He was David Lean’s second-unit director/cameraman on Lawrence of Arabia and Dr. Zhivago (but was fired from the latter) and served as the DP for Francois Truffaut (on Fahrenheit 451), Richard Lester (A Funny Thing Happened on the Way to the Forum) and John Schlesinger (Far From the Madding Crowd).
Fiercely independent, Roeg worked his actors hard and prided himself on not being subservient to anyone. When the head of the U.K.’s Rank Organisation called Bad Timing “a sick film made by sick people for sick people,” the director refused to have his movie shown on the Rank circuit.
Roeg married actress Theresa Russell in 1982, and she starred as a Czech intelligence officer who has a tragic affair in Vienna with Garfunkel, as an American psychiatrist, in the X-rated Bad Timing. He also directed her in Eureka (1983), the Marilyn Monroe film Insignificance (1985), Track 29 (1988) and Cold Heaven (1991) before they divorced.
For The Man Who Fell to Earth, Roeg gave Bowie his first big shot at the movies, with the rock star starring as the humanoid alien Thomas Jerome Newton, who crash-lands in New Mexico and becomes a businessman hooked on alcohol, sex and television.
Roeg “has chosen the garish, translucent, androgynous-mannered rock star, David Bowie, for his space visitor,” Richard Eder wrote in his New York Times review. “The choice is inspired.”
“David’s performance was something quite unique,” Roeg said in a 2013 interview. “He never came on like a rock star -- he used his part to explore ideas of rock idolatry and celebrity. David was very clever and creative in that way.”
A still from the stylish film, with Bowie in orange hair, was used as the cover of his ethereal 1977 album, Low.
For the Venice-set psychological thriller Don’t Look Now (1973), which starred Julie Christie and Donald Sutherland as grief-stricken parents, Roeg used color correlatives in its story palette. The film, based on a Daphne du Maurier short story, also featured the actors in a torrid love scene.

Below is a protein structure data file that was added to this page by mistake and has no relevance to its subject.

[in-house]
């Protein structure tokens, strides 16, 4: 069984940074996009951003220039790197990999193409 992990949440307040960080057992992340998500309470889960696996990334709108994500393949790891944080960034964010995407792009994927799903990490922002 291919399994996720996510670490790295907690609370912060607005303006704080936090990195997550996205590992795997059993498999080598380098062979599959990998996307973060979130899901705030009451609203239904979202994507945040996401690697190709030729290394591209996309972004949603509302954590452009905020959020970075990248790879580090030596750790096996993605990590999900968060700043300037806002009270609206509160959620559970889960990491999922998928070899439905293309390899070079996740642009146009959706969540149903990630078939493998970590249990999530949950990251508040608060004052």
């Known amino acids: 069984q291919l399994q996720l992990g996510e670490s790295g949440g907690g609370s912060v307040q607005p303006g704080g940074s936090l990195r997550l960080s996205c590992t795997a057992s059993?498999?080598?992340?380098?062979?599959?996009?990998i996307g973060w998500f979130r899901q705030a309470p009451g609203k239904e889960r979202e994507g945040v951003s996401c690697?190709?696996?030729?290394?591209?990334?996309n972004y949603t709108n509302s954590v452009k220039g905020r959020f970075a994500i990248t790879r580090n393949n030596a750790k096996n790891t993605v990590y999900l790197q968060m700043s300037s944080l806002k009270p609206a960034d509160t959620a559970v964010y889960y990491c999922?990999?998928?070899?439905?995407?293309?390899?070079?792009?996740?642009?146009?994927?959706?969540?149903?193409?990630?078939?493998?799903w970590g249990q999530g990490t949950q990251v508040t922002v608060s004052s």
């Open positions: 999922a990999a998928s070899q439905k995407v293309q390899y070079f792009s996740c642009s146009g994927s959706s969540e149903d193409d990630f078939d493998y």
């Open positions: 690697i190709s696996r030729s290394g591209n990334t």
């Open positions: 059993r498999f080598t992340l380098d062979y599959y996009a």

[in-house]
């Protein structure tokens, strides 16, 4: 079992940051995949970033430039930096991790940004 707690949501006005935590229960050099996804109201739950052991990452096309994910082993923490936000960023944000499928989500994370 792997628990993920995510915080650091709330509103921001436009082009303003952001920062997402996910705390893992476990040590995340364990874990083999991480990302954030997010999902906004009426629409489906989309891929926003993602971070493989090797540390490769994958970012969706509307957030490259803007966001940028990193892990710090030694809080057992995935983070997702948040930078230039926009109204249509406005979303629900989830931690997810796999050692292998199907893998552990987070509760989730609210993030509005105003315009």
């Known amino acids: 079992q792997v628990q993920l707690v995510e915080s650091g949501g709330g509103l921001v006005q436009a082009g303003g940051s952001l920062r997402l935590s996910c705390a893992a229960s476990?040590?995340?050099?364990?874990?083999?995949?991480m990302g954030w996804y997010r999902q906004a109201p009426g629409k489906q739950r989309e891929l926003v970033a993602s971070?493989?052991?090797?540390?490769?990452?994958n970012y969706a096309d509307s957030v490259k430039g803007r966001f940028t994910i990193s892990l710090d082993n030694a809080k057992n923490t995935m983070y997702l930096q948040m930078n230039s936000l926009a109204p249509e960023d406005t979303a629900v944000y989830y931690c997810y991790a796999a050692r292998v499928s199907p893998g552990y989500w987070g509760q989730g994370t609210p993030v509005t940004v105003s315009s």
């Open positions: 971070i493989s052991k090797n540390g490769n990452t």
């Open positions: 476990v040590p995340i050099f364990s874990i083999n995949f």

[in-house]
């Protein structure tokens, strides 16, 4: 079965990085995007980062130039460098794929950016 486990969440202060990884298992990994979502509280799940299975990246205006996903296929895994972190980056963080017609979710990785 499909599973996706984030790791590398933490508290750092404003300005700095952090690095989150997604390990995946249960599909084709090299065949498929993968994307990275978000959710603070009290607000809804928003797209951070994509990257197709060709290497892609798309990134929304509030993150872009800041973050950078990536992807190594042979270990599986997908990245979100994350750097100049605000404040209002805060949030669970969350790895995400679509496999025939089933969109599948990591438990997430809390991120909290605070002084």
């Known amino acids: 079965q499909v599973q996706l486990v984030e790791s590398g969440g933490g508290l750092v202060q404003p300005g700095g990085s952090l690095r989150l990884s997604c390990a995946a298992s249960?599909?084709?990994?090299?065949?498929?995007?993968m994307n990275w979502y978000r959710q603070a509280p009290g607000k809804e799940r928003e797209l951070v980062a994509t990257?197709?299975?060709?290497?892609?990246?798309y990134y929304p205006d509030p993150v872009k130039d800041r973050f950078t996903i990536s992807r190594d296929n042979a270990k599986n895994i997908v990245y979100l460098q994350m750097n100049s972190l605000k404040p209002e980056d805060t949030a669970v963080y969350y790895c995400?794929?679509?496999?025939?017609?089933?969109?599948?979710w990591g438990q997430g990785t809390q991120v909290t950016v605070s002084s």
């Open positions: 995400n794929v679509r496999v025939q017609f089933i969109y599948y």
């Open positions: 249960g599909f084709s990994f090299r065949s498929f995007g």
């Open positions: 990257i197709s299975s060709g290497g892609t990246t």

Critic Roger Ebert admired the way Roeg played with chronology in this film as well as in the crime- and sex-laden Performance and Walkabout (1971), the story of a sister (Jenny Agutter) and brother (played by Roeg’s son, Luc Roeg) who get lost in the Australian outback.
“He doesn’t always enter his stories at the beginning and leave at the end,” Ebert wrote, “but rummages around in them, as if separated moments can shed light on one another.”
He made Walkabout from a script by Edward Bond that was just 14 handwritten pages.
Nicolas Jack Roeg was born in London on Aug. 15, 1928. He served in the Army, began his movie career by working in the cutting rooms of MGM British Studios and was on cinematographer Freddie Young’s crew for Ivanhoe (1952) and Bhowani Junction (1956).
He made his feature debut as a cinematographer in 1960 with Jazz Boat, which starred Anthony Newley, and shot such films as The Guest (1963), Dr. Crippen (1963), Roger Corman’s The Masque of the Red Death (1964) and Nothing but the Best (1964), for which he earned acclaim for his use of color.
In 1966, Roeg directed the second unit for the Israel-set Judith, starring Sophia Loren and Peter Finch.
Roeg’s first helming credit came with Performance (1970), for which he was credited as co-director with Donald Cammell. Warner Bros. execs hated his version, threatened to sue for not getting what they were promised and delayed the release of the film for two years.
More recently, Roeg directed the 1989 NBC telefilm Sweet Bird of Youth, starring Elizabeth Taylor; a 1993 episode of ABC’s The Young Indiana Jones Chronicles; and the films Two Deaths (1995) and Puffball: The Devil’s Eyeball (2007).
Before he wed Russell, Noeg was married to English actress Susan Stephen for 20 years.
In a 2005 interview, the determined Roeg recalled a “furious row” he once had with a studio executive.
“He said, ‘They won’t get it, Nic,’ and I said, ‘No, they'll get it; it’s you who’s not getting it, because you’re trying to force something that’s different into being the same,’” he said. “People usually arrive to see something with an open mind. I want to make them feel something emotionally, but not by planning how to get them there.”
This article was originally published by The Hollywood Reporter.